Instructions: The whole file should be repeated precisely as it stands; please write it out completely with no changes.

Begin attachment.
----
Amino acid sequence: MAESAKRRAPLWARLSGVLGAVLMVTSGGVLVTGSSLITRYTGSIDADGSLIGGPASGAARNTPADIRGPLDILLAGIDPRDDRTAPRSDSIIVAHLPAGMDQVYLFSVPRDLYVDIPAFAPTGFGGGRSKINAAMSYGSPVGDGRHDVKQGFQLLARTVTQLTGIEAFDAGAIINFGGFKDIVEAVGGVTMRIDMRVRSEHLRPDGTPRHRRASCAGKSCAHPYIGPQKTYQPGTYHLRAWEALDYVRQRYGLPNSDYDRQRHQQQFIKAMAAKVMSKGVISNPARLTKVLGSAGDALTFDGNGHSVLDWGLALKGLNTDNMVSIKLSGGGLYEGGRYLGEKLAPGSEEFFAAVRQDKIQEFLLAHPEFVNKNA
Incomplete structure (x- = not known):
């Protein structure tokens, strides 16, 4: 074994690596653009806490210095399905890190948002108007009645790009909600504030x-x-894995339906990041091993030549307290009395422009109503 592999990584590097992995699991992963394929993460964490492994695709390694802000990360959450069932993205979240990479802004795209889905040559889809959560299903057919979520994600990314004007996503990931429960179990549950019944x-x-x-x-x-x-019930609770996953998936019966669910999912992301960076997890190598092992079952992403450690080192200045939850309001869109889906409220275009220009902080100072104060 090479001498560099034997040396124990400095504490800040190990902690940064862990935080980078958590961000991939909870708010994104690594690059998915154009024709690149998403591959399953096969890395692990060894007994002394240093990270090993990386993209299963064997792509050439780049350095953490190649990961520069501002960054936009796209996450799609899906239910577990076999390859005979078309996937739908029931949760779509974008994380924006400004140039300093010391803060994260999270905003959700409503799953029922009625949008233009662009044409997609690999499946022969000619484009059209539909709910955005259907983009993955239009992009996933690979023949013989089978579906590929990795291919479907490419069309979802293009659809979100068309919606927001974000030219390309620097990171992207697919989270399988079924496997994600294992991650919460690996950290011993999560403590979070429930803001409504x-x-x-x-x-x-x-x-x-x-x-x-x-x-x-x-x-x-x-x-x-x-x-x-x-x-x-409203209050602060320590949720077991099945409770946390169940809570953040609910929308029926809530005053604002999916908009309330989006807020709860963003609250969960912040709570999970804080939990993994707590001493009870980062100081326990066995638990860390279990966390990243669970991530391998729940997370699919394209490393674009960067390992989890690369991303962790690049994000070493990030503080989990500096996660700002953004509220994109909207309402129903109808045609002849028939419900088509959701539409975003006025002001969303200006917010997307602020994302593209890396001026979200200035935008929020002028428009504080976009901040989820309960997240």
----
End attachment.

Amino acid sequence: MAESAKRRAPLWARLSGVLGAVLMVTSGGVLVTGSSLITRYTGSIDADGSLIGGPASGAARNTPADIRGPLDILLAGIDPRDDRTAPRSDSIIVAHLPAGMDQVYLFSVPRDLYVDIPAFAPTGFGGGRSKINAAMSYGSPVGDGRHDVKQGFQLLARTVTQLTGIEAFDAGAIINFGGFKDIVEAVGGVTMRIDMRVRSEHLRPDGTPRHRRASCAGKSCAHPYIGPQKTYQPGTYHLRAWEALDYVRQRYGLPNSDYDRQRHQQQFIKAMAAKVMSKGVISNPARLTKVLGSAGDALTFDGNGHSVLDWGLALKGLNTDNMVSIKLSGGGLYEGGRYLGEKLAPGSEEFFAAVRQDKIQEFLLAHPEFVNKNA
Incomplete structure (x- = not known):
């Protein structure tokens, strides 16, 4: 074994690596653009806490210095399905890190948002108007009645790009909600504030x-x-894995339906990041091993030549307290009395422009109503 592999990584590097992995699991992963394929993460964490492994695709390694802000990360959450069932993205979240990479802004795209889905040559889809959560299903057919979520994600990314004007996503990931429960179990549950019944x-x-x-x-x-x-019930609770996953998936019966669910999912992301960076997890190598092992079952992403450690080192200045939850309001869109889906409220275009220009902080100072104060 090479001498560099034997040396124990400095504490800040190990902690940064862990935080980078958590961000991939909870708010994104690594690059998915154009024709690149998403591959399953096969890395692990060894007994002394240093990270090993990386993209299963064997792509050439780049350095953490190649990961520069501002960054936009796209996450799609899906239910577990076999390859005979078309996937739908029931949760779509974008994380924006400004140039300093010391803060994260999270905003959700409503799953029922009625949008233009662009044409997609690999499946022969000619484009059209539909709910955005259907983009993955239009992009996933690979023949013989089978579906590929990795291919479907490419069309979802293009659809979100068309919606927001974000030219390309620097990171992207697919989270399988079924496997994600294992991650919460690996950290011993999560403590979070429930803001409504x-x-x-x-x-x-x-x-x-x-x-x-x-x-x-x-x-x-x-x-x-x-x-x-x-x-x-409203209050602060320590949720077991099945409770946390169940809570953040609910929308029926809530005053604002999916908009309330989006807020709860963003609250969960912040709570999970804080939990993994707590001493009870980062100081326990066995638990860390279990966390990243669970991530391998729940997370699919394209490393674009960067390992989890690369991303962790690049994000070493990030503080989990500096996660700002953004509220994109909207309402129903109808045609002849028939419900088509959701539409975003006025002001969303200006917010997307602020994302593209890396001026979200200035935008929020002028428009504080976009901040989820309960997240």